Brahimi and his team will move into the beautiful and historic Darcy’s Restaurant site in Paddington, in Sydney’s eastern suburbs, and will reopen as guillaume by Easter 2014. The new restaurant will see his award-winning team continue the high standard they have become known for at the iconic three- hatted Guillaume at Bennelong.

The restaurant will reflect Brahimi’s philosophy of high quality produce-driven food and will serve an ever-changing menu focused on the seasonal produce of the day.

Brahimi said “My team and I are so excited at the prospect of this new restaurant. It is a fresh start for us in a wonderful venue, full of character and history, a real Sydney institution. We have some ambitious plans that I believe will raise the standard of what we do to a whole new level. I believe it will make the perfect home for my team and me to create something very special.”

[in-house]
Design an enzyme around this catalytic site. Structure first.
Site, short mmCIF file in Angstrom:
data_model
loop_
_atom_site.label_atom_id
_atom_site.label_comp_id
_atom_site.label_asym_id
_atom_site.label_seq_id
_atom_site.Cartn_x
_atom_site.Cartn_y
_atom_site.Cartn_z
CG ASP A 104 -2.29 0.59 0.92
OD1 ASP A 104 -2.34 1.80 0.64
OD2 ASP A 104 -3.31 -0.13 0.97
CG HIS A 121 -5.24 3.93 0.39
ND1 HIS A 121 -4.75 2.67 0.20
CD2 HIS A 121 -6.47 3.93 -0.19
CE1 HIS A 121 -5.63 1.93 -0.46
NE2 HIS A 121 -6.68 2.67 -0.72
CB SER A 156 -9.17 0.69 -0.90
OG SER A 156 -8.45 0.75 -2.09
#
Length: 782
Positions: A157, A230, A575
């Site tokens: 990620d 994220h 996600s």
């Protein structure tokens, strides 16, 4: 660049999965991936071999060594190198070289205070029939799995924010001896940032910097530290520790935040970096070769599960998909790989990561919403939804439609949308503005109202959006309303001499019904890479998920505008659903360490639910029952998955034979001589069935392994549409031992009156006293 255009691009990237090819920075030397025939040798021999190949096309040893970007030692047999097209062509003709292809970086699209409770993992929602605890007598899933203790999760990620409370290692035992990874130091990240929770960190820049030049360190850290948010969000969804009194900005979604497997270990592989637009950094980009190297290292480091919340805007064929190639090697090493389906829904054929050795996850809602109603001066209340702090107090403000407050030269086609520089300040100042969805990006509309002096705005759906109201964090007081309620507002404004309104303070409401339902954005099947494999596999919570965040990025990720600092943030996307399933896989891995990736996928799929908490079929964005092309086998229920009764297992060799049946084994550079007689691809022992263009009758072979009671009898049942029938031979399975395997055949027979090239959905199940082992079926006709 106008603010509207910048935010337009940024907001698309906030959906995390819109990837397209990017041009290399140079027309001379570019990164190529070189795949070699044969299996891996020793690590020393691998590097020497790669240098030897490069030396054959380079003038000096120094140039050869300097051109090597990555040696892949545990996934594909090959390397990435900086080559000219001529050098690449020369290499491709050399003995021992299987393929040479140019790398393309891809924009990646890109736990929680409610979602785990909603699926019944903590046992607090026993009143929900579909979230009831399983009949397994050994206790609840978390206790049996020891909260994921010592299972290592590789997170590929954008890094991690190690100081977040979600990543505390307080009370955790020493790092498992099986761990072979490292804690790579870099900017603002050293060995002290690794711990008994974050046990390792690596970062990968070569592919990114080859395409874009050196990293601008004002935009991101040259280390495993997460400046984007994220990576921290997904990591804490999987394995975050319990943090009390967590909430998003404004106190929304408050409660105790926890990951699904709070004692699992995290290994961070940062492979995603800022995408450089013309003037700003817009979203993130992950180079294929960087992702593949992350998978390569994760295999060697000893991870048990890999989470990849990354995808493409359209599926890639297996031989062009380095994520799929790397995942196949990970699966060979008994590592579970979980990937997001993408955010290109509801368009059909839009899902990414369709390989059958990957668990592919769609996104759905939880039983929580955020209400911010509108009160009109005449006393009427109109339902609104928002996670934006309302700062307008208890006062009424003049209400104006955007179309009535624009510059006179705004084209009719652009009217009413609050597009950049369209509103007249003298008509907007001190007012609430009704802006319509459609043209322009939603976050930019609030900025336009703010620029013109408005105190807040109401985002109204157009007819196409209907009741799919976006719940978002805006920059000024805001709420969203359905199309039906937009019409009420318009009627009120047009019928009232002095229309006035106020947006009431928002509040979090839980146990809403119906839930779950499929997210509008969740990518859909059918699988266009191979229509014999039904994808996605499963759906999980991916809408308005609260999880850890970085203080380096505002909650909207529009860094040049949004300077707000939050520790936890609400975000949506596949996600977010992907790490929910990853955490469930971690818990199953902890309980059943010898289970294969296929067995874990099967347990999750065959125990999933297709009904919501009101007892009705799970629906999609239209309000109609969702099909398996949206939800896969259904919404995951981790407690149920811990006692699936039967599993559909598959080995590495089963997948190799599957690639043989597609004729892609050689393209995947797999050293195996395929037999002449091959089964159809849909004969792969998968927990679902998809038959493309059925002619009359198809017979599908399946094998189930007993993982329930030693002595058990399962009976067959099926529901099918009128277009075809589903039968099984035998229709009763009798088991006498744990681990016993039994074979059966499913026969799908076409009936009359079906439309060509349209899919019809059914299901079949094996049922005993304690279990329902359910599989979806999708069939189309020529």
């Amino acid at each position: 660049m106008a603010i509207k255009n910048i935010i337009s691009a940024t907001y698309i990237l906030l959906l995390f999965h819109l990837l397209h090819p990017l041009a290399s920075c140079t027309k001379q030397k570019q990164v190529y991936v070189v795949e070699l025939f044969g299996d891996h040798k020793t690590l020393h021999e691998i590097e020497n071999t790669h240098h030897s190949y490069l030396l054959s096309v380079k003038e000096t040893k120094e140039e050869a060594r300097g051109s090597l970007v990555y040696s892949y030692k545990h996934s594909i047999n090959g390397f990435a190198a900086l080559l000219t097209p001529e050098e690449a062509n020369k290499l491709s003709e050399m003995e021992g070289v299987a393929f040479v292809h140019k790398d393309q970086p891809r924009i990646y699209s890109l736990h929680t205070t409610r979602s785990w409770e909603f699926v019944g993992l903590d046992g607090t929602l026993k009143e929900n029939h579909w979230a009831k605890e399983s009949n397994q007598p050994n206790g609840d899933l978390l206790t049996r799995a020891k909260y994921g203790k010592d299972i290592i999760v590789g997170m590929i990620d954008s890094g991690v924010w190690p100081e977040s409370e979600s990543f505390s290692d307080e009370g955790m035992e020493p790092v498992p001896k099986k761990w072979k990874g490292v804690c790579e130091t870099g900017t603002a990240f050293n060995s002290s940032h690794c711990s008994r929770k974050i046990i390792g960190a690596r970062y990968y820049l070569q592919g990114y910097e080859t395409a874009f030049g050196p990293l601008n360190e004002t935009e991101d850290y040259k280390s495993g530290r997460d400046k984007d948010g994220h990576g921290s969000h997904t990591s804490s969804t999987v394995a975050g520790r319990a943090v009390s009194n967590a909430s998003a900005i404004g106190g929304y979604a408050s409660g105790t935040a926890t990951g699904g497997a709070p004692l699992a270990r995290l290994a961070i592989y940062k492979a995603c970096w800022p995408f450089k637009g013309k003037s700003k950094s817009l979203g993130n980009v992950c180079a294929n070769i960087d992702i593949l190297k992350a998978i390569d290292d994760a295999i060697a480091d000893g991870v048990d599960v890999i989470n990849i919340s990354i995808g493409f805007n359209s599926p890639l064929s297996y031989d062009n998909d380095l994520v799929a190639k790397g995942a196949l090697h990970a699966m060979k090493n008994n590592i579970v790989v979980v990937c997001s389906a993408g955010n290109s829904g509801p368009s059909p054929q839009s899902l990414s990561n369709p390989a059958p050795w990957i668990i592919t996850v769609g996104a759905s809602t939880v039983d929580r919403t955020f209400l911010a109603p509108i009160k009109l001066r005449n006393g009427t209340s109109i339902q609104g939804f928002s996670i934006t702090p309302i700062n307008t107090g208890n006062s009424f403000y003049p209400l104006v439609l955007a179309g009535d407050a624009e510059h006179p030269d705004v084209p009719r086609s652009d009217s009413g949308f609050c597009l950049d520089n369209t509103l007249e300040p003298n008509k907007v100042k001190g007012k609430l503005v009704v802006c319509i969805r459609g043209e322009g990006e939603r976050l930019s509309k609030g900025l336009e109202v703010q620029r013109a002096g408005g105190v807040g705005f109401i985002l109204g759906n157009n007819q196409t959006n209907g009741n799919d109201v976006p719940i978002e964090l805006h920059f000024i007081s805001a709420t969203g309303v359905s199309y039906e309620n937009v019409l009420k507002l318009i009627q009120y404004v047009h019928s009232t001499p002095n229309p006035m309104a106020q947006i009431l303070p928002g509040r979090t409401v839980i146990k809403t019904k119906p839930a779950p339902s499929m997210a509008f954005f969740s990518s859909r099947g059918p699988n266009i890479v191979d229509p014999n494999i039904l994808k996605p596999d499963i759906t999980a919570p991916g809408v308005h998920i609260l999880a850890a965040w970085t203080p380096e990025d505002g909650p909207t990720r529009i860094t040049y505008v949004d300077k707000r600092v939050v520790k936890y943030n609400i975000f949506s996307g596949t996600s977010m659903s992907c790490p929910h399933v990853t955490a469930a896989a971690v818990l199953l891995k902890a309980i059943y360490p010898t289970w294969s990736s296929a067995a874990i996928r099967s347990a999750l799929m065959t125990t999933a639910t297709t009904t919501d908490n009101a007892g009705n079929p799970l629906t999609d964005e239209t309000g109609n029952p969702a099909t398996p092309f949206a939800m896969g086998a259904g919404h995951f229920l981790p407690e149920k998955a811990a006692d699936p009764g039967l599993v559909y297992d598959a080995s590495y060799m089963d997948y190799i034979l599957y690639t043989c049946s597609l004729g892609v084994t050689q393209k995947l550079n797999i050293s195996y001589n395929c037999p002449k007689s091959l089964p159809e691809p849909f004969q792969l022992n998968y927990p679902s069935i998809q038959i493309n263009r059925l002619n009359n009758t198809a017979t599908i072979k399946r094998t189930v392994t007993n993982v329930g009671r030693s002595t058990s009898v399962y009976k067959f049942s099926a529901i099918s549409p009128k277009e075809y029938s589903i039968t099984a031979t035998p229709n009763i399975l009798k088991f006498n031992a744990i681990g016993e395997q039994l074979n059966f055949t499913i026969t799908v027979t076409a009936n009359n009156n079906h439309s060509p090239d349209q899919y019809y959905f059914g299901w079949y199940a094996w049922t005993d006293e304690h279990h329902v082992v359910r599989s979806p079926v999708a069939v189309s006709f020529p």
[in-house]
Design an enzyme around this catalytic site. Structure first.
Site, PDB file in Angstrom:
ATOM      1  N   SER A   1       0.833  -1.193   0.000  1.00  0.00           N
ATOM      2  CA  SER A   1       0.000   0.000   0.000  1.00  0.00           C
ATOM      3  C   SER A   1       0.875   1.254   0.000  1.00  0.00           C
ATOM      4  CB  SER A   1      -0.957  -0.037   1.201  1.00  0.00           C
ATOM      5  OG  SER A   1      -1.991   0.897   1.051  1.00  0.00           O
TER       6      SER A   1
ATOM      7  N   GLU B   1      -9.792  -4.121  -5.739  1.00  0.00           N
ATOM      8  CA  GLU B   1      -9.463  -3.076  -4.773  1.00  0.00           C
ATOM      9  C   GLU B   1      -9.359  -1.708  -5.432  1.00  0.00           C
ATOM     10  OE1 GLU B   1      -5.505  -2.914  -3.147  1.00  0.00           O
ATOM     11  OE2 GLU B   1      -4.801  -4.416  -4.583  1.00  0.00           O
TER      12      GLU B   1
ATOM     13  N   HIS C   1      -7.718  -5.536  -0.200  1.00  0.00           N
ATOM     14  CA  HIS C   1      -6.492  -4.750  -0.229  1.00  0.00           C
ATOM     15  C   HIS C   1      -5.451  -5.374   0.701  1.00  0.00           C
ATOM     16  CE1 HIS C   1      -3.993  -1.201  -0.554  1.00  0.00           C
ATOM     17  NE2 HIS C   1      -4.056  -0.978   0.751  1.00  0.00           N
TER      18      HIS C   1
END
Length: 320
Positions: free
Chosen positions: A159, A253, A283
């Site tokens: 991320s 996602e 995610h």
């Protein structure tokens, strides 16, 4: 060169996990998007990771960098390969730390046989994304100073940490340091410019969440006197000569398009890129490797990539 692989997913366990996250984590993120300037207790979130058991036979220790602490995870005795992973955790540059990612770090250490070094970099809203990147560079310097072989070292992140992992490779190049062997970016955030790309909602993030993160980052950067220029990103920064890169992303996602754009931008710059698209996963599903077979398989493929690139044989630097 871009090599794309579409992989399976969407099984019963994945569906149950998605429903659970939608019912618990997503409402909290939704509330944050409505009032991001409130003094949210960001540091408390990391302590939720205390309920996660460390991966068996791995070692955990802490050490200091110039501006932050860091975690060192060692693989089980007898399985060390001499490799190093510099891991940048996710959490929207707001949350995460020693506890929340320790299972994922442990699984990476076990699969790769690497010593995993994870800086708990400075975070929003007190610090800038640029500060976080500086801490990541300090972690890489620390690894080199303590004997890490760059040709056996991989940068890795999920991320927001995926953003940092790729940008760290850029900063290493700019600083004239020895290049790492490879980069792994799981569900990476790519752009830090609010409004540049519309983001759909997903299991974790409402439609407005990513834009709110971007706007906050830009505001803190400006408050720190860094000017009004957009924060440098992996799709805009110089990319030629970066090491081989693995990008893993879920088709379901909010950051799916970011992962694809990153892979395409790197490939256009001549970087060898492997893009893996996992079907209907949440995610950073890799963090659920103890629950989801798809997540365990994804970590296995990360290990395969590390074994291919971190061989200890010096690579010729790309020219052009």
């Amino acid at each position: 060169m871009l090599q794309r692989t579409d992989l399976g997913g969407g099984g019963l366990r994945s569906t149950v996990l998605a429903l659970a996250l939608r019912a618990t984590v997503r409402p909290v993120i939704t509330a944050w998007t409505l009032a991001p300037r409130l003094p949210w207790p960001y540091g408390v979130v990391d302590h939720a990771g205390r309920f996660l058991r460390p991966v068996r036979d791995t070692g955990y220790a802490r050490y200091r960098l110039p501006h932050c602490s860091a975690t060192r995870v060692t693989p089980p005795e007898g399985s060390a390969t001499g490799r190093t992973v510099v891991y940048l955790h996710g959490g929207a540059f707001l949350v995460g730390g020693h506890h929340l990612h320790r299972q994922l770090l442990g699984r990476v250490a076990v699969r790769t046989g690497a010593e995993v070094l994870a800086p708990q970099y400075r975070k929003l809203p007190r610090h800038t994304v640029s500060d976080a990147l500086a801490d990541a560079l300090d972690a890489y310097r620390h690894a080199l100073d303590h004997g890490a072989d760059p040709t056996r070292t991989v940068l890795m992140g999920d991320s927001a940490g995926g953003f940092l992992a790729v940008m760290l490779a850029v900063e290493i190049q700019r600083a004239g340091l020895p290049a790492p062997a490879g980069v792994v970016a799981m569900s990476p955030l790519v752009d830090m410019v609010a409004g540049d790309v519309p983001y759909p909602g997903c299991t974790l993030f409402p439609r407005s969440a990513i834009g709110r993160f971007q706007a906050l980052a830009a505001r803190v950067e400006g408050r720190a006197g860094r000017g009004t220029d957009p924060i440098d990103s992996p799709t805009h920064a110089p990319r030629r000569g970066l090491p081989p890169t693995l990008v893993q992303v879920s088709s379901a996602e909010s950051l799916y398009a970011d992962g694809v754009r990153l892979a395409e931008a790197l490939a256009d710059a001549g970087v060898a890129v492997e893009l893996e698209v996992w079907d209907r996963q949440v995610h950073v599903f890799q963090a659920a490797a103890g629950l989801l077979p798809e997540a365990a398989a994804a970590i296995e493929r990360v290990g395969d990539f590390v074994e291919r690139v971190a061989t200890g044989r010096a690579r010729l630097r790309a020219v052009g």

Guillaume said “Attilio Marinangeli is one of Sydney’s notable restaurateurs and Darcy’s has been an iconic restaurant for more than thirty eight years. I am grateful that Attilio is giving me the opportunity to establish my new restaurant in that beautiful restaurant space.”

“Like many Sydney- siders I have a strong sentimental attachment to Darcy’s. My wife and I dined there to celebrate the birth of our first daughter and we loved the intimate and elegant atmosphere. We have since had many happy occasions there and we now look forward to many more to come.”